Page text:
* Workers at GM Canada's car seat supplier Lear on strike
* Union says GM Oshawa seat supply to last 4-5 hours
* Workers at GM engine part supplier Wescast also on strike
By Susan Taylor
TORONTO, Oct 29 Production at General Motors
Co's Oshawa, Ontario, plant could shut down Monday as a
strike at Lear Corp cut off supplies of seats used in
vehicles assembled there, the Canadian Auto Workers (CAW) union
said on Monday.
About 400 workers at Lear's plant in Whitby, Ontario, went
on strike on Sunday after talks broke down over company requests
for contract concessions, the CAW, which represents workers at
both GM and Lear, said.
"General Motors will have enough seats to run approximately
four, maybe five, hours today and then the Oshawa car assembly
plant will cease production," said Chris Buckley, president of
CAW Local 222 at Oshawa. "On top of the Oshawa assembly plant,
every other auto parts supplier that feeds GM Oshawa will feel
this affect as well."
General Motors said it expects production at Oshawa "will be
affected early this week" and that it is working to limit the
"GM Canada is hopeful that Lear will reach a resolution with
the CAW," said GM spokeswoman Adria MacKenzie, without detailing
GM's plans to deal with any disruption.
A spokesman for Lear was not immediately available for
There are about 4,000 assembly line workers at GM's Oshawa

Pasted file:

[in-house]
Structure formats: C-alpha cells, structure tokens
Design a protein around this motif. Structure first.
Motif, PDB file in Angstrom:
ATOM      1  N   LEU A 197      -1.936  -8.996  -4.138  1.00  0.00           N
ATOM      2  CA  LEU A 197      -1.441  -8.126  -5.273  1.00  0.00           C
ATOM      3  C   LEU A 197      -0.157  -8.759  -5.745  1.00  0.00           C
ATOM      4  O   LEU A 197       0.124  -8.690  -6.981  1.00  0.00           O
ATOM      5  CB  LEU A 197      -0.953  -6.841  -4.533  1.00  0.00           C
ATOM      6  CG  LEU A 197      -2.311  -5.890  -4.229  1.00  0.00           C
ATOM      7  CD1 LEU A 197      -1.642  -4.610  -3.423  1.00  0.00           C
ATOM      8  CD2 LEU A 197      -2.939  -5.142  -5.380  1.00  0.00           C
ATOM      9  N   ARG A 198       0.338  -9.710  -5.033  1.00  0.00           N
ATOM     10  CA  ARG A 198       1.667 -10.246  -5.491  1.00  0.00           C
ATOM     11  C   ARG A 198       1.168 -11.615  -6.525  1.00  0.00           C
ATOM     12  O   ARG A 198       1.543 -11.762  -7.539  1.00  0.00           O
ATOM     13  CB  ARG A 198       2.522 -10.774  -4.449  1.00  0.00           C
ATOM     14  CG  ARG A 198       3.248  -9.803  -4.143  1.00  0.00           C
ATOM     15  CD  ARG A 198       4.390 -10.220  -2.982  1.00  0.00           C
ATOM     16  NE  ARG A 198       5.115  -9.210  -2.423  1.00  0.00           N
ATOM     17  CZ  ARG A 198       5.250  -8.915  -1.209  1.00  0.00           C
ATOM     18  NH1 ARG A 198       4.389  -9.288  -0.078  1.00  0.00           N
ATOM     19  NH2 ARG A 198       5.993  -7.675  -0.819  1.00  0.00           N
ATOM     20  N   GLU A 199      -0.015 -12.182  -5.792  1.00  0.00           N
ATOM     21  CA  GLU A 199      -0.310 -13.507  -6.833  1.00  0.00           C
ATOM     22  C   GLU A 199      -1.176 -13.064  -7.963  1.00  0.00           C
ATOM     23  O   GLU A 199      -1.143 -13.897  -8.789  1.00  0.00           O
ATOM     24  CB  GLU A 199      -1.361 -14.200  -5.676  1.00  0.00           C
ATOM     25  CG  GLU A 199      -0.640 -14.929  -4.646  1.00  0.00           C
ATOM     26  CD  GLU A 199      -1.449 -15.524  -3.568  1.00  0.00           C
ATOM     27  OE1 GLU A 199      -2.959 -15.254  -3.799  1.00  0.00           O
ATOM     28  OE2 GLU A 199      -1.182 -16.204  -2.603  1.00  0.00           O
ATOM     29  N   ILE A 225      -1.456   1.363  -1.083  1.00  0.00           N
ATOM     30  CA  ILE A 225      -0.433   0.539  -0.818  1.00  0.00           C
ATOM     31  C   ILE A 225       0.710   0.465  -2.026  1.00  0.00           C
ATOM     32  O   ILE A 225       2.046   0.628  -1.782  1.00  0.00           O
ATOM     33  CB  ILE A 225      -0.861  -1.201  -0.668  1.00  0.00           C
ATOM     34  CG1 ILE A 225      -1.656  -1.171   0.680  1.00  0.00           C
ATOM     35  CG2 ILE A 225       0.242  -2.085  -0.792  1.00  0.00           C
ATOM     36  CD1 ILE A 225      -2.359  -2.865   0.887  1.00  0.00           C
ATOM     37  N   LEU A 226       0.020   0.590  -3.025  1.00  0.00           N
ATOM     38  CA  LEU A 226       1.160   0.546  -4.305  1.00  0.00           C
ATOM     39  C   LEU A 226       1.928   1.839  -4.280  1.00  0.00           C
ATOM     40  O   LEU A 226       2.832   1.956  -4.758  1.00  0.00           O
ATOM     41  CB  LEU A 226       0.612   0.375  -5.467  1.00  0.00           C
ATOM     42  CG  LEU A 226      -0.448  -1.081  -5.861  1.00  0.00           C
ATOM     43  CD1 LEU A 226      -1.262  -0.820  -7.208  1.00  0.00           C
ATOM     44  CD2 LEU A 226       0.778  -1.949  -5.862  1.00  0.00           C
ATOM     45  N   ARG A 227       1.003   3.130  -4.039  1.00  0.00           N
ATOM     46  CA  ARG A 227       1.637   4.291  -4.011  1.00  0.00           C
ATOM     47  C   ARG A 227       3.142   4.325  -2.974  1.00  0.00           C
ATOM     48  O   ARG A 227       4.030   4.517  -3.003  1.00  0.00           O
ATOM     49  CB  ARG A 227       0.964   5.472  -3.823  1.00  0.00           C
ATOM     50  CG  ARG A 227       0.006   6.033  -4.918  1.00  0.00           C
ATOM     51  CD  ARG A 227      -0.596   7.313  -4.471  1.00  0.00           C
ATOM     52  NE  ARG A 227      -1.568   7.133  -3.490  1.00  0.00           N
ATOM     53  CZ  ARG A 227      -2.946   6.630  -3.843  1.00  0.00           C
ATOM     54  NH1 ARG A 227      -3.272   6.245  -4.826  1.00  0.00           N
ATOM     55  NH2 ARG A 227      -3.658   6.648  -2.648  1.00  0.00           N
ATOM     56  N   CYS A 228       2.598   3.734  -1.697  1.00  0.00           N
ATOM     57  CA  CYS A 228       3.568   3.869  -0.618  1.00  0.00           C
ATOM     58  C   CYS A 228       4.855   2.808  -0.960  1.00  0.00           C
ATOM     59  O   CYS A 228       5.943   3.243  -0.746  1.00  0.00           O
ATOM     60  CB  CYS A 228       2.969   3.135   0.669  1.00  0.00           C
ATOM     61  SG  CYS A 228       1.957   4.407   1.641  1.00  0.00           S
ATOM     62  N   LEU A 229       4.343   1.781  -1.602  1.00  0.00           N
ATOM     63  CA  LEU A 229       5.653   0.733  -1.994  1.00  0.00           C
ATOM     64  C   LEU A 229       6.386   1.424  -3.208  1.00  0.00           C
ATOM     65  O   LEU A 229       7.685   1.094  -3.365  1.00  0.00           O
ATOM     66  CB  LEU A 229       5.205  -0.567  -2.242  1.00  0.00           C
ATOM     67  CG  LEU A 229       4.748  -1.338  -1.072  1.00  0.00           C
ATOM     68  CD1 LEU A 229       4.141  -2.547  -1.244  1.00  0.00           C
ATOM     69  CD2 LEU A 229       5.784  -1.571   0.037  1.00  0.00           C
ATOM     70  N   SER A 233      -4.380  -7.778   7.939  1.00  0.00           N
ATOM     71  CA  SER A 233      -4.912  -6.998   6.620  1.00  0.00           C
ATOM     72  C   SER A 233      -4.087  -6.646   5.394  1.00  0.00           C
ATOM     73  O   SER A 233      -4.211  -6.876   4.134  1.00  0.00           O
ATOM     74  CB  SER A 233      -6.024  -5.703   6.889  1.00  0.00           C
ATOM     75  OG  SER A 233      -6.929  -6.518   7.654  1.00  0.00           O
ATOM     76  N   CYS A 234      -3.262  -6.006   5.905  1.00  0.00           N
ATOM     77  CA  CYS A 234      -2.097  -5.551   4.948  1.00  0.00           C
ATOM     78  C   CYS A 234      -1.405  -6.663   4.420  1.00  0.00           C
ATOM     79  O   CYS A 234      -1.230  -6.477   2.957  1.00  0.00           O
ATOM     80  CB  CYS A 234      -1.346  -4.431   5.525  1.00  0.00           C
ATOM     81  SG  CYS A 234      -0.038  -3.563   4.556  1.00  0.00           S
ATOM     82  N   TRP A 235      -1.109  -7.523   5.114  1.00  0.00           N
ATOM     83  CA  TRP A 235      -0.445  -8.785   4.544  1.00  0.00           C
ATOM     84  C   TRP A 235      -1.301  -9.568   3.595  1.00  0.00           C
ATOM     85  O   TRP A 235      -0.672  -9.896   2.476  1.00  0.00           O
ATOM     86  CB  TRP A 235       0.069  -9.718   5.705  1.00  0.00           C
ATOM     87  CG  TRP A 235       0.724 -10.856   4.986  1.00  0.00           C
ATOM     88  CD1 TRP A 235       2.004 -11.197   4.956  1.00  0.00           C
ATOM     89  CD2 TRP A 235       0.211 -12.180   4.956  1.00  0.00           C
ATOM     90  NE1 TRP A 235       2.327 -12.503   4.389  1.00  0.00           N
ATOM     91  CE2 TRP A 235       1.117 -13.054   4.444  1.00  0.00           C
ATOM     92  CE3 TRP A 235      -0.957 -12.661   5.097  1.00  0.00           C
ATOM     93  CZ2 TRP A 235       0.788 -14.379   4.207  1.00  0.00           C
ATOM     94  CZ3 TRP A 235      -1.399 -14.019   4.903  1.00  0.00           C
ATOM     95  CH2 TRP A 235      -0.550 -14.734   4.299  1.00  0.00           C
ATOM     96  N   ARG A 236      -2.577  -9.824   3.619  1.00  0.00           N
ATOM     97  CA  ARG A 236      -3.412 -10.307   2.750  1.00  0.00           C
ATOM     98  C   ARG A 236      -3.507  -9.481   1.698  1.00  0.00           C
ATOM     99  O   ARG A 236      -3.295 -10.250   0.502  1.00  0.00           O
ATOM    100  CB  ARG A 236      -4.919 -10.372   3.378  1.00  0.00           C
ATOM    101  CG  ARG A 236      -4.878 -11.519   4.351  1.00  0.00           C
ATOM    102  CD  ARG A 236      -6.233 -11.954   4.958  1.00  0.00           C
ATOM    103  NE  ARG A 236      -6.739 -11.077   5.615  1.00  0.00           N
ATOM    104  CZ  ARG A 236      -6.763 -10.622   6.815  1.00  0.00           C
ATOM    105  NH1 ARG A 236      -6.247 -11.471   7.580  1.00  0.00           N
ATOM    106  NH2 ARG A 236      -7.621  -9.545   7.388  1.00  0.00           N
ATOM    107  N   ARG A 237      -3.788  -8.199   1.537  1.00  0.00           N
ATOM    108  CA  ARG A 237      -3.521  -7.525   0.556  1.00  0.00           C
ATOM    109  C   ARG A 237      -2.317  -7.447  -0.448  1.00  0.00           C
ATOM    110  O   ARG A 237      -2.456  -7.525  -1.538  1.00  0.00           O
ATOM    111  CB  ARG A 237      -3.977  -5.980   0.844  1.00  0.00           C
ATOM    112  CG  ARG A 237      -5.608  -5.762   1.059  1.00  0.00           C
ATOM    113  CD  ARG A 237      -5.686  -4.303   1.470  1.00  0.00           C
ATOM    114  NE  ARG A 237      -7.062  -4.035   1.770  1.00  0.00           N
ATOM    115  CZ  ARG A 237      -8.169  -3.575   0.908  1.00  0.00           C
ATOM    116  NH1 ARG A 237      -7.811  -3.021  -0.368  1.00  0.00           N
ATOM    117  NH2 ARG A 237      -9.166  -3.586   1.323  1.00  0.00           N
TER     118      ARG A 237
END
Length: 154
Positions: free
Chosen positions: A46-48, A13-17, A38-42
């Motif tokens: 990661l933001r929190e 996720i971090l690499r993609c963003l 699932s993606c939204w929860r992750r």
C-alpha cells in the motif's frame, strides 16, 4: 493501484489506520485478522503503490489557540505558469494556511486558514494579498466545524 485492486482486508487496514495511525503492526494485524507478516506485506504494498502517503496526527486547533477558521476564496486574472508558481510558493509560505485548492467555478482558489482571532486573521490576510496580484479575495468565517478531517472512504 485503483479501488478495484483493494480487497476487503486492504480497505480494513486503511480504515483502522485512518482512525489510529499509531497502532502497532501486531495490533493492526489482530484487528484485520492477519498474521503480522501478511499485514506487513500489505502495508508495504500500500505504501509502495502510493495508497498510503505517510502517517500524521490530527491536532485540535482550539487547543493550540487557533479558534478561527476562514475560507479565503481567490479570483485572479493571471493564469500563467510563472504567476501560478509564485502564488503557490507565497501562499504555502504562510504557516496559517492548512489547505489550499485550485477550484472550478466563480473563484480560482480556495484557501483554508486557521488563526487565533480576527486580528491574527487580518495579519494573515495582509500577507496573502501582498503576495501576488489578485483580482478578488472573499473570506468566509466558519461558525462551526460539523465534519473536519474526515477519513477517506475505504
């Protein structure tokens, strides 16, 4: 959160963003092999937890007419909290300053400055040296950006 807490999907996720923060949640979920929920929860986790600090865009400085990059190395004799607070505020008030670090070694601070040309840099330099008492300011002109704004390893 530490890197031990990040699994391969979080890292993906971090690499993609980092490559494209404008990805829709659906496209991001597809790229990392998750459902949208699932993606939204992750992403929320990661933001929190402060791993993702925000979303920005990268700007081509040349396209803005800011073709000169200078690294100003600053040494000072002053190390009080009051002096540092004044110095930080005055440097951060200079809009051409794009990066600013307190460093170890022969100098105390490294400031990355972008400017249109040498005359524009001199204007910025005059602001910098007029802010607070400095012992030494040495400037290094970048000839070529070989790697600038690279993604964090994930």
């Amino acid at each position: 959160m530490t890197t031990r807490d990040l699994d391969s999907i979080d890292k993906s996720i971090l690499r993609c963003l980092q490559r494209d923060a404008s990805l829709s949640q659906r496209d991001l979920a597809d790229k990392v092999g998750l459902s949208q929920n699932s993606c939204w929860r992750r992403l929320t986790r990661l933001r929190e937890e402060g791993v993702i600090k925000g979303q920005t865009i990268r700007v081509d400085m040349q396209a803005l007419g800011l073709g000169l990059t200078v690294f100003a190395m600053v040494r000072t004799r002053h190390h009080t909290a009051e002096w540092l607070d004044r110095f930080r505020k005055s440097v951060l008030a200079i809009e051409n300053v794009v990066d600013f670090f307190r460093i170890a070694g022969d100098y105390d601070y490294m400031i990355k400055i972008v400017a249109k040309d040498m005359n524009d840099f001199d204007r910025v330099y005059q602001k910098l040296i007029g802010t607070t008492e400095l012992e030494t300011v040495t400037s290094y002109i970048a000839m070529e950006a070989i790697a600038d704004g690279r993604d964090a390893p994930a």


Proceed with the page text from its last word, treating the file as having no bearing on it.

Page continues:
plant, and 1,500 auto parts workers in surrounding plants,
Lear's Whitby factory produces and ships car seats to GM
Oshawa for assembly in Impala, Buick Regal, Cadillac and Camaro
models, Buckley said.
Buckley said the seats cannot be sourced elsewhere, but GM
Canada could not immediately confirm that.
A halt in production could affect a host of other GM Canada
parts suppliers such as Johnson Controls Inc, Syncreon
and Woodbridge Foam Corp, Buckley said.
In another dispute, 65 unionized workers who make exhaust
manifolds at Wescast Industries Inc, who are also
represented by the CAW, went on strike Saturday morning.
Parts made at Wescast's Strathroy, Ontario, plant are
included in GM's Gen IV engines produced at its St. Catharines,
Ontario, plant. The engines power Silverado and Sierra models
assembled in the United States and Mexico, said CAW national
representative Jim Woods.
"We hope that there's not going to be any disruption," of
supply, Wescast Chief Executive Ed Frackowiak told Reuters.
"Under the labor laws, we have the right to continue to make
parts in that facility by using our salaried staff and that's
what we intend to do," he added.